Also, don't be surprised if simply posting your images online doesn't generate any sales. Sales is hard. It generally involves grunt work on the ground promoting your images. The site is just an easy place to tell people to go to buy a copy if they want one. You most likely won't get many "walk ins" if any.

Setting up a random website no the web is kind of like opening a store in the middle of a deserted ally. Without driving people to it, nobody will ever even know it is there. Going with one of the bigger sites that does image sales does help some, since people can like your images and cause them to get more attention, but it's still pretty much a luck game more than skill unless you are actively promoting your work.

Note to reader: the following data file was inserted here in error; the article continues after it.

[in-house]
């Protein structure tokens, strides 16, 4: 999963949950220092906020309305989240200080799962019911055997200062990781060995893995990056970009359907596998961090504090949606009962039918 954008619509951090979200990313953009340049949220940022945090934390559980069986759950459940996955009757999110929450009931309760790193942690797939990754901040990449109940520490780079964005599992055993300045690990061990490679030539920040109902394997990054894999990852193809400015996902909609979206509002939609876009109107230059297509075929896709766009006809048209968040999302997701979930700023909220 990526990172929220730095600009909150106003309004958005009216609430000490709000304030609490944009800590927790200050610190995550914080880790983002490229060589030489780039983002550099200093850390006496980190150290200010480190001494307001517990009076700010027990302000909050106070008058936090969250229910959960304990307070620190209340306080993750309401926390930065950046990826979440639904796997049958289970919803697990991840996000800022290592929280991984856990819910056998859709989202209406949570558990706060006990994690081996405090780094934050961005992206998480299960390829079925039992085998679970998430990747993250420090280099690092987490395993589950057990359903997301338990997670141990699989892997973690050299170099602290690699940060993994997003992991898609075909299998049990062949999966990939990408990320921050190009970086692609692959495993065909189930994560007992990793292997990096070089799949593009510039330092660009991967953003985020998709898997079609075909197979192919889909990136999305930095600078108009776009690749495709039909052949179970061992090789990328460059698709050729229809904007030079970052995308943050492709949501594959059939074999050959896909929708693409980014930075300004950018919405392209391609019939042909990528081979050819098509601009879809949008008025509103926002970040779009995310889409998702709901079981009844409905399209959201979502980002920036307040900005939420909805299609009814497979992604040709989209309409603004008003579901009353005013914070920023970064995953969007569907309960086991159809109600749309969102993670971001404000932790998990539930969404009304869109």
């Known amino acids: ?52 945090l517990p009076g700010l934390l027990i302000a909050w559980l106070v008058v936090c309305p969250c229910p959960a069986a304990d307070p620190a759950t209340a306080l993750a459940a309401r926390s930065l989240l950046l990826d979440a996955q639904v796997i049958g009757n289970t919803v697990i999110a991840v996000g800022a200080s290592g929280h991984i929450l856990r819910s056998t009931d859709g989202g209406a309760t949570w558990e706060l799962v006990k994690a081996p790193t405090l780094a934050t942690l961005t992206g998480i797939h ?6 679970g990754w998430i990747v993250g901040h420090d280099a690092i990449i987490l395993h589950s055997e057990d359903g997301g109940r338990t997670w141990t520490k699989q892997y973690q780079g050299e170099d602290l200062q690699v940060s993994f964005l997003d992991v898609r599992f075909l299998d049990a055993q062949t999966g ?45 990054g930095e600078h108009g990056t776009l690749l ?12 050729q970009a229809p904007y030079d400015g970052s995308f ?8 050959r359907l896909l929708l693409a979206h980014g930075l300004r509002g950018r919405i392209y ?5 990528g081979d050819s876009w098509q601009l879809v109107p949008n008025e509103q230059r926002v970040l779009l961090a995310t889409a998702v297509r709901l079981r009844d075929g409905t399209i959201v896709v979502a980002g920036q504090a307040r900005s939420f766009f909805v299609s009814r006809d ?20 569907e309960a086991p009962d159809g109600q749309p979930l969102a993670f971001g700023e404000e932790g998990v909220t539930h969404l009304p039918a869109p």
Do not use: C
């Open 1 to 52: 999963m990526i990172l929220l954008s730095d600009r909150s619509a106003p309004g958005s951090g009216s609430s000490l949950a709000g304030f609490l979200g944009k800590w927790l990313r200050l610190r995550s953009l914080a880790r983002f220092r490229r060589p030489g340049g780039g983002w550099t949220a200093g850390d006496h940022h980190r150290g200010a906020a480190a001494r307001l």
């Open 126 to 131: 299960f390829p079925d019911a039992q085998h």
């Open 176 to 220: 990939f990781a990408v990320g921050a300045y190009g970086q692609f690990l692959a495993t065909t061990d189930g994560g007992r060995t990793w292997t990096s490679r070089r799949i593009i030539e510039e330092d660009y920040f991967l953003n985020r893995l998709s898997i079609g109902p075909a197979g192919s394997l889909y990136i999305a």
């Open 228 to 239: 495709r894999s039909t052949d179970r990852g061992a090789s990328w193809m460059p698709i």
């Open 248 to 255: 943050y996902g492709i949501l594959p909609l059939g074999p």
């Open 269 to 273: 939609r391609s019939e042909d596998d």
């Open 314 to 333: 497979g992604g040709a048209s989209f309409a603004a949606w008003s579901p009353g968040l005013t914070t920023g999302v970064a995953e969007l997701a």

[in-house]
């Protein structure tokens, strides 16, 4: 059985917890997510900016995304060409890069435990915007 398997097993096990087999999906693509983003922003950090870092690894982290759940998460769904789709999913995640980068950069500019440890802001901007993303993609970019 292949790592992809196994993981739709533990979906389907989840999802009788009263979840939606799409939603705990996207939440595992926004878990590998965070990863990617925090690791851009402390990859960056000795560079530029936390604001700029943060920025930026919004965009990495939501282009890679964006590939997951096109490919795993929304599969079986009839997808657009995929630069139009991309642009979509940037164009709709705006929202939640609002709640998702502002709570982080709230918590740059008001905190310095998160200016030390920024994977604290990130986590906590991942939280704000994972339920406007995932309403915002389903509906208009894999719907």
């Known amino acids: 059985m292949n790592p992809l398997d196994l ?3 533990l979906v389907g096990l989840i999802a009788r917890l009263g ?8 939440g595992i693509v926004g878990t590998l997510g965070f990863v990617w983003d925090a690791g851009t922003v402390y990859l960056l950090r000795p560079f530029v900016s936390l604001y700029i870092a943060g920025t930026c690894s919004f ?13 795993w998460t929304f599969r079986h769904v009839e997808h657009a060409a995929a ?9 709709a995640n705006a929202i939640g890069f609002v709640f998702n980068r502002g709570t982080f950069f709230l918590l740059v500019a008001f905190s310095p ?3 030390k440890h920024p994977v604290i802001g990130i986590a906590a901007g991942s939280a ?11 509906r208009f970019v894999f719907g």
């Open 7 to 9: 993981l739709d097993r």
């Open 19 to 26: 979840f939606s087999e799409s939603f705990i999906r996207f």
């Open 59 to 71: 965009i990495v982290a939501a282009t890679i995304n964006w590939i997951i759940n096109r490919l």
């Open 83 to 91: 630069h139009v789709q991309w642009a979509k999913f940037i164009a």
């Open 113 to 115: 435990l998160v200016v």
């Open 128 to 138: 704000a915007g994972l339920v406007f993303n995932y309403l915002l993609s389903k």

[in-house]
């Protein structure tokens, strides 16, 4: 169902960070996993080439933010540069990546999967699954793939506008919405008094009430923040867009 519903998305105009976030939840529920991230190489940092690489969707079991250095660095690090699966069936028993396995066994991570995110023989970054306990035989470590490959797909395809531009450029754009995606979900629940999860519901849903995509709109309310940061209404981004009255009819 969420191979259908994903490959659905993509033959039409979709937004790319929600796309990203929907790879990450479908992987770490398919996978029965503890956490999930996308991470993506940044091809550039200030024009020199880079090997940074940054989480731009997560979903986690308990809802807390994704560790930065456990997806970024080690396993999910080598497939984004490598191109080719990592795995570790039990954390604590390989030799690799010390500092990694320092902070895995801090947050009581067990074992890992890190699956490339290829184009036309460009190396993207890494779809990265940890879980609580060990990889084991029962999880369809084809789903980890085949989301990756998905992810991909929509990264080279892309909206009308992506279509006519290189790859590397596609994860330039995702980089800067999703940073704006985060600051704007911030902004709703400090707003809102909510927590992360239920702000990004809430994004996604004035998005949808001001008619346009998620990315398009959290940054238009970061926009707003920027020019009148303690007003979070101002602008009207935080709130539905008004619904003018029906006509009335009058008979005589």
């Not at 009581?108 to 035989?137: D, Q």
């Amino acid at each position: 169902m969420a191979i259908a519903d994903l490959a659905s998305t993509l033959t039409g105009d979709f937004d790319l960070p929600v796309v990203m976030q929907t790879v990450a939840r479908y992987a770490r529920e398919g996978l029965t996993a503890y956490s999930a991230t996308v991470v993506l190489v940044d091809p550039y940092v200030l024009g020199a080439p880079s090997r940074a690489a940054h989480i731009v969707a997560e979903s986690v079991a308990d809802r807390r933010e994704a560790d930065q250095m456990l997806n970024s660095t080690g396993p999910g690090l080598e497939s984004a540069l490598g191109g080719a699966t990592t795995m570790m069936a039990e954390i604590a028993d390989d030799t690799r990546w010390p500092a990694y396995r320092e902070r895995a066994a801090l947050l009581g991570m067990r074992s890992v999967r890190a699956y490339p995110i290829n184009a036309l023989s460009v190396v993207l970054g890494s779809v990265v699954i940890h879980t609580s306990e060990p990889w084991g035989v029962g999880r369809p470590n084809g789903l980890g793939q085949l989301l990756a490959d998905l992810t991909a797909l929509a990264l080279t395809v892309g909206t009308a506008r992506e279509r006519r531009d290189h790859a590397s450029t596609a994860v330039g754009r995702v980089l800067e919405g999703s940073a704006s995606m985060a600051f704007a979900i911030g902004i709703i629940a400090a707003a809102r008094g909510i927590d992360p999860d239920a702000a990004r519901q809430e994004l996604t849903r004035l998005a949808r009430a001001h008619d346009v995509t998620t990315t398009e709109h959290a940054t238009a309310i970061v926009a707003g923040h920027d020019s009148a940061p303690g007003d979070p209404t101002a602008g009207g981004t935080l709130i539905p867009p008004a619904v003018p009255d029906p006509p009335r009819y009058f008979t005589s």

If it is something you really want to try to get in to, it might also be worth pursuing some better camera equipment and better software for touching up the photos to make a more professional level product. There's a lot you can't do with a cheap point and shoot and basic instagram filters that can be improved on a lot with better software. If you really want to get involved in photography, try picking up and learning a basic DSLR, shoot RAW and try learning something like GIMP or Darktable to learn about photo adjustments and digital darkrooming. It will probably help improve your end result.

  • Darkroom or Lightroom? – Michael C Oct 25 '13 at 0:22
  • @MichaelClark - I actually meant darktable. Never used it so I guess I botched the name. Wanted to suggest some free ones to start and learn on before they drop coin on it. – AJ Henderson Oct 25 '13 at 1:46

I am sure that you are a talented photographer, and your images are fantastic. Even so, you will find few such talented people who manage to sell even a single, fabulous photograph. This not because someone can steal them online, but mostly because anyone can get nearly any image they want via vary inexpensive stock photography sites.